Turning restraint to cooperative care

Becker noted that fear is caused by something painful or disturbing. He explained that notion with the example of an animal that feels pain from an injection and is later disturbed by the sight of a needle because of its association with pain. However, in the clinic or by clients at home, pets can be shown an object that elicits fear while being provided with a desirable treat. This can be done regularly as the animal becomes less stressed by the needle or other object.

In practice, animals also can be given treats while they are being given an injection or other treatment they may fear. Becker noted that his alma mater, Washington State University in Pullman, performs blood draws on grizzly bears. Medical care providers feed the bears honey water during the procedure to keep them calm and cooperative, he said.

Additionally, Grandin said she taught sheep how to cooperatively get on a typically feared tilt table through training with feed rewards. “When I did that in the 80s, that was real radical stuff,” she said.

Allowing animals to explore

Grandin emphasized animals’ need to explore new surroundings and objects. As an example, she shared an experience she had witnessing a dog resisting its’ handler’s attempt to board an escalator. Rather than reducing the dog’s fear of riding it, the handler immediately “yanked” the dog onto the moving staircase. “Now, [the dog] probably has a fear of escalators,” Grandin said.

She went on to explain that the handler should have allowed the dog some time to “explore” the escalator before getting on it. Through exploration, the dog could have quickly become comfortable with it.

Grandin also shared an example of exploration with cattle. She said cattle will walk up to a camera set up on tripod and explore it in a friendly manner. However, fear could set in when if a photographer abruptly puts a camera in a cow’s face, without allowing the animal a chance to examine it first.

According to Grandin, regularly and intentionally introducing a pet to unfamiliar individuals and places can train the animal not to fear the unknown by having them grow accustomed to new things. “A lot of dogs today are too sheltered,” she added.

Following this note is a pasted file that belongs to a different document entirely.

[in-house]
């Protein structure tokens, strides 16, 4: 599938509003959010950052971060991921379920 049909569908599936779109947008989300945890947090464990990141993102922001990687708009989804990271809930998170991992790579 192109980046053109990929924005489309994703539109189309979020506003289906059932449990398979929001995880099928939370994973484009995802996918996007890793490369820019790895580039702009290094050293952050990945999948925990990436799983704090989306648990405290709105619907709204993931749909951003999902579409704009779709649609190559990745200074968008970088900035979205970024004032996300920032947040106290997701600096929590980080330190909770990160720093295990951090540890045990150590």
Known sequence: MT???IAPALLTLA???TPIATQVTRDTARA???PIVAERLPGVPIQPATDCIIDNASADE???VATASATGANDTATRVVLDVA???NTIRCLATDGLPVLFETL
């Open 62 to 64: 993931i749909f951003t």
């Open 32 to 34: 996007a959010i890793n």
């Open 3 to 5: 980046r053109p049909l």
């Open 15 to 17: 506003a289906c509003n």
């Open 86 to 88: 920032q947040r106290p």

Making Fear Free a team effort

Creating and maintaining a practice environment that feels safe and eases fear and anxiety in patients is a responsibility of the entire staff. Grandin explained that she has also witnessed care providers roughly handling their patients. “Animals feel pain,” she said.

Teams should be properly trained to mitigate fear and pain in patients, and how to gently handle them such as using gradient touch.1,2 “Practice management has to get behind it, totally,” Grandin said. She went on to explain that managers are often providing staff training and are tasked with hiring—and firing—employees.

Grandin and Becker agreed that a staff member who is not appropriate handling patients, should be let go from the practice. “Sometimes you have to change that person that’s holding the rest of the team back,” Becker said.

For more coverage from Fetch Charlotte, visit our dedicated conference news page at


  1. Becker M. Grandin T. If you’re not looking after the emotional wellbeing of animals, you’re not practicing best medicine. Presented at: Fetch dvm360 conference; Charlotte, North Carolina. March 15-17, 2024.
  2. Grandin T. Becker M. Temple Grandin went into a typical companion animal practice and here’s what she saw. dvm360 Flex. Accessed March 17, 2024.